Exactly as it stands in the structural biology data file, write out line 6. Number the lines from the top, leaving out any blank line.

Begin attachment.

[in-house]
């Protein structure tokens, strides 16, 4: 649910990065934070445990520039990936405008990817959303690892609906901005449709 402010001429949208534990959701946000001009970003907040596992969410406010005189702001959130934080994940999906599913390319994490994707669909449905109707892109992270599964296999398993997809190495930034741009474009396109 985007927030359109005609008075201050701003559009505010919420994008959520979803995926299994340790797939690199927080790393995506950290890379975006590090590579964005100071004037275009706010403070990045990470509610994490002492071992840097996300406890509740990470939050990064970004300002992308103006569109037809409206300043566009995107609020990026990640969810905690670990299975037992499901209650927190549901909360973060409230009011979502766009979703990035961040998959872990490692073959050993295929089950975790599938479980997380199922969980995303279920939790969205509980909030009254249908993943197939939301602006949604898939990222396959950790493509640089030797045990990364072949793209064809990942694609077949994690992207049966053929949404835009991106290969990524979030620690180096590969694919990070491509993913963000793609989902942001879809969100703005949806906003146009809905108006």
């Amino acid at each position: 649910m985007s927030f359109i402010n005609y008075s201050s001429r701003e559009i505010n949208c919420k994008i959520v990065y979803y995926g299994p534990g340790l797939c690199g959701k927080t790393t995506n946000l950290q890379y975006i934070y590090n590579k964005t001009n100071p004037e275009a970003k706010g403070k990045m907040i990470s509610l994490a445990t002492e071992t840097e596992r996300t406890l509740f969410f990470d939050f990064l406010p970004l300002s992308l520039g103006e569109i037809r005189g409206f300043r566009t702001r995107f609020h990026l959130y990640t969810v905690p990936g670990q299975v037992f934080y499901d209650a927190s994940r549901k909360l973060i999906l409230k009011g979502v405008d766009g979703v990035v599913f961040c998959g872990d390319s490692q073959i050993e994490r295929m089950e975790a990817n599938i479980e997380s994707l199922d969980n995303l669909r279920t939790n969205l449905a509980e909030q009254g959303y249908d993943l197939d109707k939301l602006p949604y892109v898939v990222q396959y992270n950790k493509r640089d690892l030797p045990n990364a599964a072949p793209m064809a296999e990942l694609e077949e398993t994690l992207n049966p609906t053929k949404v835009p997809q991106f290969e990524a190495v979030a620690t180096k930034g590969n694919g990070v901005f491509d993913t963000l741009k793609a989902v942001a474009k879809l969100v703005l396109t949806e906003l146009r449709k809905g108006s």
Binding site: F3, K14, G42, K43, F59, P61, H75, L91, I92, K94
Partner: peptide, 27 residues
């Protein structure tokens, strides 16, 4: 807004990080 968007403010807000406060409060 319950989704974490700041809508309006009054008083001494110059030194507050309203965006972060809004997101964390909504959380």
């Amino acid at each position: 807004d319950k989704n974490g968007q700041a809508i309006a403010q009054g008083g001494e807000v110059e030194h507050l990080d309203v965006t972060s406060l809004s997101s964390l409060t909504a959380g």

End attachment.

């Protein structure tokens, strides 16, 4: 807004990080 968007403010807000406060409060 319950989704974490700041809508309006009054008083001494110059030194507050309203965006972060809004997101964390909504959380």